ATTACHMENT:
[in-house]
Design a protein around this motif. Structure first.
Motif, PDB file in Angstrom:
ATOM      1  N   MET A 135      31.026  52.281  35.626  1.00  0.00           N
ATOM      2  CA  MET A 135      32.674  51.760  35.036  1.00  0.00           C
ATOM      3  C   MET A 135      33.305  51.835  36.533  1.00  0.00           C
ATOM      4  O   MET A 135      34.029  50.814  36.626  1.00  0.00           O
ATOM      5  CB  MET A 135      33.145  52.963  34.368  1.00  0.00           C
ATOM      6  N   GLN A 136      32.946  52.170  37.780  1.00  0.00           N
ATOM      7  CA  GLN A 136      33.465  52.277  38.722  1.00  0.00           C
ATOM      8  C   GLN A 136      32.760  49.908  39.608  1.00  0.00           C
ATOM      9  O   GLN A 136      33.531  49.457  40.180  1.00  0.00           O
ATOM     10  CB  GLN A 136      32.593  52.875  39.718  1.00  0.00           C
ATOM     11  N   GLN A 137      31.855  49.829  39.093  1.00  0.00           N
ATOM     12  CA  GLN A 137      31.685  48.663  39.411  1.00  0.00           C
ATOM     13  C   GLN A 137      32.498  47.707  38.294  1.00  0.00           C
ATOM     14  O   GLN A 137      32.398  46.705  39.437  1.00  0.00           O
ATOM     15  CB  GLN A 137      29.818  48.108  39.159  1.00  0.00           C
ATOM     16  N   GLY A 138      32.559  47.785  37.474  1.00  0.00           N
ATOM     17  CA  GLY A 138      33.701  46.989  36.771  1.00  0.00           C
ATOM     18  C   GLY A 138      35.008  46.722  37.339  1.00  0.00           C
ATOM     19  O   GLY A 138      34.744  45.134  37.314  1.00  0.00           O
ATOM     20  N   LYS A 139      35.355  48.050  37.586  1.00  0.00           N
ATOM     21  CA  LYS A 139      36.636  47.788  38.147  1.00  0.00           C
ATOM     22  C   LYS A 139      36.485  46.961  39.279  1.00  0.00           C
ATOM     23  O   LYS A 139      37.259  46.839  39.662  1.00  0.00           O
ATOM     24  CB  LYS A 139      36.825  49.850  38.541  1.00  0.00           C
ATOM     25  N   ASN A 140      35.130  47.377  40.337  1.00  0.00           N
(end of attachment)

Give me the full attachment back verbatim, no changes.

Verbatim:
[in-house]
Design a protein around this motif. Structure first.
Motif, PDB file in Angstrom:
ATOM      1  N   MET A 135      31.026  52.281  35.626  1.00  0.00           N
ATOM      2  CA  MET A 135      32.674  51.760  35.036  1.00  0.00           C
ATOM      3  C   MET A 135      33.305  51.835  36.533  1.00  0.00           C
ATOM      4  O   MET A 135      34.029  50.814  36.626  1.00  0.00           O
ATOM      5  CB  MET A 135      33.145  52.963  34.368  1.00  0.00           C
ATOM      6  N   GLN A 136      32.946  52.170  37.780  1.00  0.00           N
ATOM      7  CA  GLN A 136      33.465  52.277  38.722  1.00  0.00           C
ATOM      8  C   GLN A 136      32.760  49.908  39.608  1.00  0.00           C
ATOM      9  O   GLN A 136      33.531  49.457  40.180  1.00  0.00           O
ATOM     10  CB  GLN A 136      32.593  52.875  39.718  1.00  0.00           C
ATOM     11  N   GLN A 137      31.855  49.829  39.093  1.00  0.00           N
ATOM     12  CA  GLN A 137      31.685  48.663  39.411  1.00  0.00           C
ATOM     13  C   GLN A 137      32.498  47.707  38.294  1.00  0.00           C
ATOM     14  O   GLN A 137      32.398  46.705  39.437  1.00  0.00           O
ATOM     15  CB  GLN A 137      29.818  48.108  39.159  1.00  0.00           C
ATOM     16  N   GLY A 138      32.559  47.785  37.474  1.00  0.00           N
ATOM     17  CA  GLY A 138      33.701  46.989  36.771  1.00  0.00           C
ATOM     18  C   GLY A 138      35.008  46.722  37.339  1.00  0.00           C
ATOM     19  O   GLY A 138      34.744  45.134  37.314  1.00  0.00           O
ATOM     20  N   LYS A 139      35.355  48.050  37.586  1.00  0.00           N
ATOM     21  CA  LYS A 139      36.636  47.788  38.147  1.00  0.00           C
ATOM     22  C   LYS A 139      36.485  46.961  39.279  1.00  0.00           C
ATOM     23  O   LYS A 139      37.259  46.839  39.662  1.00  0.00           O
ATOM     24  CB  LYS A 139      36.825  49.850  38.541  1.00  0.00           C
ATOM     25  N   ASN A 140      35.130  47.377  40.337  1.00  0.00           N